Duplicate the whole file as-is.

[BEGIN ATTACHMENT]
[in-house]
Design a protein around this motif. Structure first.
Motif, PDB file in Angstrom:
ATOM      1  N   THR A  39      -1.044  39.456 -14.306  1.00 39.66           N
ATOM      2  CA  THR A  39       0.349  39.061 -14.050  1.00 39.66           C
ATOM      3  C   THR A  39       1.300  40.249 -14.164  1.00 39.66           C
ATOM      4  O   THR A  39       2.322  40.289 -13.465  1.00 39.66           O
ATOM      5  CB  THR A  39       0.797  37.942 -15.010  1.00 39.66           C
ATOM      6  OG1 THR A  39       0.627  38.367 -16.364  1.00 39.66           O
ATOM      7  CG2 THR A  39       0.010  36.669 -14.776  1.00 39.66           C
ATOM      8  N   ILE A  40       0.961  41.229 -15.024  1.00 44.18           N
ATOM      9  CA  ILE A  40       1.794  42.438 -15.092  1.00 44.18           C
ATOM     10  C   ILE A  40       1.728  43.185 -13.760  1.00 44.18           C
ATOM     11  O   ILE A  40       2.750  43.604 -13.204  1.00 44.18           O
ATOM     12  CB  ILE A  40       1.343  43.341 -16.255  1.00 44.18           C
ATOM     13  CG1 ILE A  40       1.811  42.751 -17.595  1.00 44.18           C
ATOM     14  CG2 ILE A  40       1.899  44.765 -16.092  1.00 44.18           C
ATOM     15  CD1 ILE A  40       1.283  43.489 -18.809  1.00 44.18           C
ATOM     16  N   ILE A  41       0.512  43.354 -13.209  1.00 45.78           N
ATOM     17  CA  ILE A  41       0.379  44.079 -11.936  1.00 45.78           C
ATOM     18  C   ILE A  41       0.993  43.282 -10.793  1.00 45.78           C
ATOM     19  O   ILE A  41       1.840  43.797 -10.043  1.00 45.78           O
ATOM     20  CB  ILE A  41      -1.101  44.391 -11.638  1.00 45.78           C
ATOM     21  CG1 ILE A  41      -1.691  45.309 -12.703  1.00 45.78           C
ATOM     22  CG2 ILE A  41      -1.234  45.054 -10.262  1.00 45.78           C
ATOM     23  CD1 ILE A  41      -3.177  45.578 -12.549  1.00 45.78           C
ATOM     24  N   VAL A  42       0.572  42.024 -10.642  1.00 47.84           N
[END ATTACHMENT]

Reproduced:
[in-house]
Design a protein around this motif. Structure first.
Motif, PDB file in Angstrom:
ATOM      1  N   THR A  39      -1.044  39.456 -14.306  1.00 39.66           N
ATOM      2  CA  THR A  39       0.349  39.061 -14.050  1.00 39.66           C
ATOM      3  C   THR A  39       1.300  40.249 -14.164  1.00 39.66           C
ATOM      4  O   THR A  39       2.322  40.289 -13.465  1.00 39.66           O
ATOM      5  CB  THR A  39       0.797  37.942 -15.010  1.00 39.66           C
ATOM      6  OG1 THR A  39       0.627  38.367 -16.364  1.00 39.66           O
ATOM      7  CG2 THR A  39       0.010  36.669 -14.776  1.00 39.66           C
ATOM      8  N   ILE A  40       0.961  41.229 -15.024  1.00 44.18           N
ATOM      9  CA  ILE A  40       1.794  42.438 -15.092  1.00 44.18           C
ATOM     10  C   ILE A  40       1.728  43.185 -13.760  1.00 44.18           C
ATOM     11  O   ILE A  40       2.750  43.604 -13.204  1.00 44.18           O
ATOM     12  CB  ILE A  40       1.343  43.341 -16.255  1.00 44.18           C
ATOM     13  CG1 ILE A  40       1.811  42.751 -17.595  1.00 44.18           C
ATOM     14  CG2 ILE A  40       1.899  44.765 -16.092  1.00 44.18           C
ATOM     15  CD1 ILE A  40       1.283  43.489 -18.809  1.00 44.18           C
ATOM     16  N   ILE A  41       0.512  43.354 -13.209  1.00 45.78           N
ATOM     17  CA  ILE A  41       0.379  44.079 -11.936  1.00 45.78           C
ATOM     18  C   ILE A  41       0.993  43.282 -10.793  1.00 45.78           C
ATOM     19  O   ILE A  41       1.840  43.797 -10.043  1.00 45.78           O
ATOM     20  CB  ILE A  41      -1.101  44.391 -11.638  1.00 45.78           C
ATOM     21  CG1 ILE A  41      -1.691  45.309 -12.703  1.00 45.78           C
ATOM     22  CG2 ILE A  41      -1.234  45.054 -10.262  1.00 45.78           C
ATOM     23  CD1 ILE A  41      -3.177  45.578 -12.549  1.00 45.78           C
ATOM     24  N   VAL A  42       0.572  42.024 -10.642  1.00 47.84           N